Why Buy an Android Phone over an iPhone

You should know by now that I’m a big Android fan.  Inspired by a recent post about contextual computing I wanted to list out all the amazing contextual things you can do with tools like Motorola Smart Actions, Microsoft’s on{X} or Tasker:

  • Turn WiFi on when I’m at home or the office
  • Set my phone to vibrate between the hours of 8 and 5
  • Set my phone to vibrate when I’m at the office
  • Turn on my ringer when I plug in my charger
  • When I’m at the office, change my ringtone from the Black Eyed Peas “Let’s Get Retarded” to “Fur Elise”
  • When I’m in a meeting, turn my phone to silent
  • Send a text message to my wife when I leave work
  • Turn off Wifi, GPS, and background apps like Facebook when my battery level is low
  • Open Spotify when I plug in my headphones
  • If I open YouTube and I don’t have my headphones plugged in, turn up the volume to max
  • If I put my phone in the car dock, turn on Bluetooth, open Spotify, turn the screen brightness to max, set the display to never shut off, and auto-respond to any text messages

The future gets even cooler with the advent of NFC-enabled phones.  There aren’t a lot of NFC tags out there, but you can use special NFC stickers to do some crazy stuff.  Here are things you can do or could do in the future:

  • Tap phones to share contact information, photos and videos without an internet connection – great for places like concerts, sporting events, meetups and conferences where the connections are bad
  • Tap your headset against your phone to pair automatically; tap your phone against your car dashboard to do the same
  • Put stickers on the fridge.  If you run out of milk, tap the “milk” sticker to add milk to your phone’s grocery list
  • Put a sticker on a drink coaster.  If your friends have Android phones, they can tap the sticker to get your house’s SSID and network password, and automatically log in (you can also print out a QR code – find this awesome app here)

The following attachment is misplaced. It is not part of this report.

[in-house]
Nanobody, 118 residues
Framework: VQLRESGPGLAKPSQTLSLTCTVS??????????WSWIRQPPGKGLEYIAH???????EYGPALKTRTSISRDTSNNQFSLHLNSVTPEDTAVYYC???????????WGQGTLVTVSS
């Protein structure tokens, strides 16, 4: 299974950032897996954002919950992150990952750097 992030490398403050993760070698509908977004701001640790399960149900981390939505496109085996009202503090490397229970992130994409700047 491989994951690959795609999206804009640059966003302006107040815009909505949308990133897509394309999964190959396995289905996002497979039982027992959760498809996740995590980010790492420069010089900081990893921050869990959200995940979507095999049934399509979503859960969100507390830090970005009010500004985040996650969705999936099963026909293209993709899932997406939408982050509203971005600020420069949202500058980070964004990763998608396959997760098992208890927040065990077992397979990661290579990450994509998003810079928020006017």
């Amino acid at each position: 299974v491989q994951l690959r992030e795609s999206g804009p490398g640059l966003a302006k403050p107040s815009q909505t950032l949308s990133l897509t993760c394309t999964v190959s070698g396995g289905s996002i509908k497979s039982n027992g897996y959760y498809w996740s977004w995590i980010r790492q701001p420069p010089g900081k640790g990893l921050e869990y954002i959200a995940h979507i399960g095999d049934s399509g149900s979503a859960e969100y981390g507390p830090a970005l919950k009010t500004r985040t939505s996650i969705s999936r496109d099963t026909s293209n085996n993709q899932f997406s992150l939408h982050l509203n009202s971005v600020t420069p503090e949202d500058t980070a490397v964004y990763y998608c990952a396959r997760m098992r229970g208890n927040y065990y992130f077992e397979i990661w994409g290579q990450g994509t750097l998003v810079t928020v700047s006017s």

• if you network enable your lights or thermostat, you could tap a sticker near your front door to turn off the lights or turn down the heat
  • Once shops and restaurants start using this, you could:
    • Check into a restaurant/bar/gym by tapping a sticker on the doorframe
    • Register with Belly by tapping your phone against a Belly sticker on the cash register
    • Put stickers up on the wall by the entrance in Starbucks; diners can tap the sticker to order their drink, which will be ready by the time they get to the counter to pay
    • Pick out outfits you like at your favorite apparel store; when you go to the store, tap your phone against the store’s Android tablet.  The sales rep can then grab all your favorite items in your size and suggest clothes or accessories that can go with it

Pretty neat stuff. This is all stuff enabled by a combination of Android’s open API’s, background services, and Intent infrastructure.  There is a buzzy phrase around mobile apps – great apps take advantage of SoLoMo, or Social/Local/Mobile.  However, Android apps give you an ability to go beyond that to SoCoMo – Social/Contextual/Mobile.  The thing to consider is that your phone knows an amazing amount of things about you – where you are, how fast you’re moving, what events you have coming up, where your friends are, if you are in your car, if you are listening to music, etc.   And the Android platform can take all that information to make your life easier and automate away all the simple, repetitive things you do everyday. I’m excited to see what people come up with next!

So if you’re looking for a phone, get an Android phone.  You can do amazing and interesting things with it that you just can’t do with other phones.

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